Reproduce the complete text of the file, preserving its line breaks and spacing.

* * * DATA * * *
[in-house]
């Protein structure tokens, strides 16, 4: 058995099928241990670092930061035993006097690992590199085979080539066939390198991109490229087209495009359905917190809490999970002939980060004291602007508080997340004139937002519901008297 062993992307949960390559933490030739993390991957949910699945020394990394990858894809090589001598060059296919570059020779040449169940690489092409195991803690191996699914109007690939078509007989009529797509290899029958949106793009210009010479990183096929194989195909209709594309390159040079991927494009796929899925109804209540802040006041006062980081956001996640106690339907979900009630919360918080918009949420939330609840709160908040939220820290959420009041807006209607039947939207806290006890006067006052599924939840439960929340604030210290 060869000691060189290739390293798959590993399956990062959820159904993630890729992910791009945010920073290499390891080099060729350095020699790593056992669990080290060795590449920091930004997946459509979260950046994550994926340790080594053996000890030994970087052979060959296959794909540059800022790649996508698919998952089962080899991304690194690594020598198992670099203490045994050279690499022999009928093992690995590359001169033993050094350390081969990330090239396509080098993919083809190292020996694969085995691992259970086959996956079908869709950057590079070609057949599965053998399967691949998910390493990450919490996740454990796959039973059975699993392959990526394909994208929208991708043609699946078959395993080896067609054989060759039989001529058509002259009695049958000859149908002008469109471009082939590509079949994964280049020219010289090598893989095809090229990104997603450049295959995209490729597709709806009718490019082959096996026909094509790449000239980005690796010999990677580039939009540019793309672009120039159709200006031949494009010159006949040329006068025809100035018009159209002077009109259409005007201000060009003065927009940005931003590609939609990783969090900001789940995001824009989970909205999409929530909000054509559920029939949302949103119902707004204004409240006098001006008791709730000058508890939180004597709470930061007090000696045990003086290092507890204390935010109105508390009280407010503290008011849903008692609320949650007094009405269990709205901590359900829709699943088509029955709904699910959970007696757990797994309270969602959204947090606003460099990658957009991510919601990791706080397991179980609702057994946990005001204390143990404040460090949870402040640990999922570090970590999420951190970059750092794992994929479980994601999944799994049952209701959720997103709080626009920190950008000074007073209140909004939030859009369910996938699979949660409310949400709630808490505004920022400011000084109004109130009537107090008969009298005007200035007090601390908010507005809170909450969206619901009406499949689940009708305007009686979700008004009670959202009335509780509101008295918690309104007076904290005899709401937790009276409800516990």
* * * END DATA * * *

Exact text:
[in-house]
């Protein structure tokens, strides 16, 4: 058995099928241990670092930061035993006097690992590199085979080539066939390198991109490229087209495009359905917190809490999970002939980060004291602007508080997340004139937002519901008297 062993992307949960390559933490030739993390991957949910699945020394990394990858894809090589001598060059296919570059020779040449169940690489092409195991803690191996699914109007690939078509007989009529797509290899029958949106793009210009010479990183096929194989195909209709594309390159040079991927494009796929899925109804209540802040006041006062980081956001996640106690339907979900009630919360918080918009949420939330609840709160908040939220820290959420009041807006209607039947939207806290006890006067006052599924939840439960929340604030210290 060869000691060189290739390293798959590993399956990062959820159904993630890729992910791009945010920073290499390891080099060729350095020699790593056992669990080290060795590449920091930004997946459509979260950046994550994926340790080594053996000890030994970087052979060959296959794909540059800022790649996508698919998952089962080899991304690194690594020598198992670099203490045994050279690499022999009928093992690995590359001169033993050094350390081969990330090239396509080098993919083809190292020996694969085995691992259970086959996956079908869709950057590079070609057949599965053998399967691949998910390493990450919490996740454990796959039973059975699993392959990526394909994208929208991708043609699946078959395993080896067609054989060759039989001529058509002259009695049958000859149908002008469109471009082939590509079949994964280049020219010289090598893989095809090229990104997603450049295959995209490729597709709806009718490019082959096996026909094509790449000239980005690796010999990677580039939009540019793309672009120039159709200006031949494009010159006949040329006068025809100035018009159209002077009109259409005007201000060009003065927009940005931003590609939609990783969090900001789940995001824009989970909205999409929530909000054509559920029939949302949103119902707004204004409240006098001006008791709730000058508890939180004597709470930061007090000696045990003086290092507890204390935010109105508390009280407010503290008011849903008692609320949650007094009405269990709205901590359900829709699943088509029955709904699910959970007696757990797994309270969602959204947090606003460099990658957009991510919601990791706080397991179980609702057994946990005001204390143990404040460090949870402040640990999922570090970590999420951190970059750092794992994929479980994601999944799994049952209701959720997103709080626009920190950008000074007073209140909004939030859009369910996938699979949660409310949400709630808490505004920022400011000084109004109130009537107090008969009298005007200035007090601390908010507005809170909450969206619901009406499949689940009708305007009686979700008004009670959202009335509780509101008295918690309104007076904290005899709401937790009276409800516990």